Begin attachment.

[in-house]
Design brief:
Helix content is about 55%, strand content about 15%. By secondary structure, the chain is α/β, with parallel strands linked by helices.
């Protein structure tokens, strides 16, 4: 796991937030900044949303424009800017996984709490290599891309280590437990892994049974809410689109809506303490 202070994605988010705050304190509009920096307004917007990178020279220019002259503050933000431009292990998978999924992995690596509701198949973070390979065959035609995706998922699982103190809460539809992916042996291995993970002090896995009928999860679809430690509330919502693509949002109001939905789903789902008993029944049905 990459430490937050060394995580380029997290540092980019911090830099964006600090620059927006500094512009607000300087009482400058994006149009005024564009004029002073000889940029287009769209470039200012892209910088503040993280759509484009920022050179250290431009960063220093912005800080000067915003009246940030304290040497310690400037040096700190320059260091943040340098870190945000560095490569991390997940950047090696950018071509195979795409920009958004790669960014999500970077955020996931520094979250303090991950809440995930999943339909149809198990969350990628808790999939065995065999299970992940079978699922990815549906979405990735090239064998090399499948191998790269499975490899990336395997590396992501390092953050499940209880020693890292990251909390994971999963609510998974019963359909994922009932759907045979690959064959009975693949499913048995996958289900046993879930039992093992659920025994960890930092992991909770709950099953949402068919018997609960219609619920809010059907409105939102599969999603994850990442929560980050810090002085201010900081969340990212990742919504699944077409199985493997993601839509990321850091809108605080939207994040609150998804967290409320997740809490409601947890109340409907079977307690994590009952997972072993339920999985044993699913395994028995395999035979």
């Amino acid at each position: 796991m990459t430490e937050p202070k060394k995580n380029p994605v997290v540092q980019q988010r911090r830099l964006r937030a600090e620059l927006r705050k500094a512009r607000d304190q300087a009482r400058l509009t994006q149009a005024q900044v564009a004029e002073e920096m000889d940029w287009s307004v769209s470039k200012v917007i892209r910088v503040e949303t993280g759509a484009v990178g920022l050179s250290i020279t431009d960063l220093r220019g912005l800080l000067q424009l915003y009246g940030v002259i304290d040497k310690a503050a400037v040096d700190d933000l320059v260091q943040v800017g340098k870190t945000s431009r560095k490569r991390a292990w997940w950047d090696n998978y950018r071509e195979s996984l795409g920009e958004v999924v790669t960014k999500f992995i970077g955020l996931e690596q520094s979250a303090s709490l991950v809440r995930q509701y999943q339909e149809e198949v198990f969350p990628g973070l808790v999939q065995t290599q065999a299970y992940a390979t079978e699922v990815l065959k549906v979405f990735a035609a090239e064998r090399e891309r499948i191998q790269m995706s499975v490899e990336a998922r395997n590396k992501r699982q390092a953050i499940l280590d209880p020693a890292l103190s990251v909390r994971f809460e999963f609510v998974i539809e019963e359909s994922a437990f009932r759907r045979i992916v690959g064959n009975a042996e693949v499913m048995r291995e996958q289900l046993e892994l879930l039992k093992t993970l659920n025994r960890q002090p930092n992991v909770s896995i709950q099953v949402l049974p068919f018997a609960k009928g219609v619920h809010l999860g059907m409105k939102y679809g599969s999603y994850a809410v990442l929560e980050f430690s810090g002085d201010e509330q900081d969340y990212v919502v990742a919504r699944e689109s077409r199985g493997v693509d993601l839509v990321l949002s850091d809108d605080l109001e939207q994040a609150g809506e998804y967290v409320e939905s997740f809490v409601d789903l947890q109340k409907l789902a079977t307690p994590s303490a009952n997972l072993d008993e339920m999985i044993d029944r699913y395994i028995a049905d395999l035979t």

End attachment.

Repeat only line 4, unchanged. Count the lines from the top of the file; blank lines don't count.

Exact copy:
């Protein structure tokens, strides 16, 4: 796991937030900044949303424009800017996984709490290599891309280590437990892994049974809410689109809506303490 202070994605988010705050304190509009920096307004917007990178020279220019002259503050933000431009292990998978999924992995690596509701198949973070390979065959035609995706998922699982103190809460539809992916042996291995993970002090896995009928999860679809430690509330919502693509949002109001939905789903789902008993029944049905 990459430490937050060394995580380029997290540092980019911090830099964006600090620059927006500094512009607000300087009482400058994006149009005024564009004029002073000889940029287009769209470039200012892209910088503040993280759509484009920022050179250290431009960063220093912005800080000067915003009246940030304290040497310690400037040096700190320059260091943040340098870190945000560095490569991390997940950047090696950018071509195979795409920009958004790669960014999500970077955020996931520094979250303090991950809440995930999943339909149809198990969350990628808790999939065995065999299970992940079978699922990815549906979405990735090239064998090399499948191998790269499975490899990336395997590396992501390092953050499940209880020693890292990251909390994971999963609510998974019963359909994922009932759907045979690959064959009975693949499913048995996958289900046993879930039992093992659920025994960890930092992991909770709950099953949402068919018997609960219609619920809010059907409105939102599969999603994850990442929560980050810090002085201010900081969340990212990742919504699944077409199985493997993601839509990321850091809108605080939207994040609150998804967290409320997740809490409601947890109340409907079977307690994590009952997972072993339920999985044993699913395994028995395999035979």